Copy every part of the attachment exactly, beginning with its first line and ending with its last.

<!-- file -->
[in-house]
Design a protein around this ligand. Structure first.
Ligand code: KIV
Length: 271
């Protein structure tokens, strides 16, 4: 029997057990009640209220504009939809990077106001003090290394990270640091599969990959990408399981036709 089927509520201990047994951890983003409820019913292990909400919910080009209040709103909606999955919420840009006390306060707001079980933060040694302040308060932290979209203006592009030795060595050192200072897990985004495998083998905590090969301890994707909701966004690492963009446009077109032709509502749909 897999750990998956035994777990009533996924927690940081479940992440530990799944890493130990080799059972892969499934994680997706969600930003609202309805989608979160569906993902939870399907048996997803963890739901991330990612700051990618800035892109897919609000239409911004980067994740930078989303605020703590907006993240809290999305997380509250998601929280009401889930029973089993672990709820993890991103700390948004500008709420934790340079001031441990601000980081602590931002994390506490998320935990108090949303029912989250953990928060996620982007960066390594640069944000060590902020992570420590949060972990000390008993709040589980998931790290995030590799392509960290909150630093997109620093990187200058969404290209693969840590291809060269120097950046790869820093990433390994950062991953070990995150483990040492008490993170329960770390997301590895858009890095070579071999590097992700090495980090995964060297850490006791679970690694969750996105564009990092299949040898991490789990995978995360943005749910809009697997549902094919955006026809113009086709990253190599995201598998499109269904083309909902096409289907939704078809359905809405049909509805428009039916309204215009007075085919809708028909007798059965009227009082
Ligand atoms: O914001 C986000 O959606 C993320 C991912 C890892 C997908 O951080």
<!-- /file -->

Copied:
[in-house]
Design a protein around this ligand. Structure first.
Ligand code: KIV
Length: 271
């Protein structure tokens, strides 16, 4: 029997057990009640209220504009939809990077106001003090290394990270640091599969990959990408399981036709 089927509520201990047994951890983003409820019913292990909400919910080009209040709103909606999955919420840009006390306060707001079980933060040694302040308060932290979209203006592009030795060595050192200072897990985004495998083998905590090969301890994707909701966004690492963009446009077109032709509502749909 897999750990998956035994777990009533996924927690940081479940992440530990799944890493130990080799059972892969499934994680997706969600930003609202309805989608979160569906993902939870399907048996997803963890739901991330990612700051990618800035892109897919609000239409911004980067994740930078989303605020703590907006993240809290999305997380509250998601929280009401889930029973089993672990709820993890991103700390948004500008709420934790340079001031441990601000980081602590931002994390506490998320935990108090949303029912989250953990928060996620982007960066390594640069944000060590902020992570420590949060972990000390008993709040589980998931790290995030590799392509960290909150630093997109620093990187200058969404290209693969840590291809060269120097950046790869820093990433390994950062991953070990995150483990040492008490993170329960770390997301590895858009890095070579071999590097992700090495980090995964060297850490006791679970690694969750996105564009990092299949040898991490789990995978995360943005749910809009697997549902094919955006026809113009086709990253190599995201598998499109269904083309909902096409289907939704078809359905809405049909509805428009039916309204215009007075085919809708028909007798059965009227009082
Ligand atoms: O914001 C986000 O959606 C993320 C991912 C890892 C997908 O951080």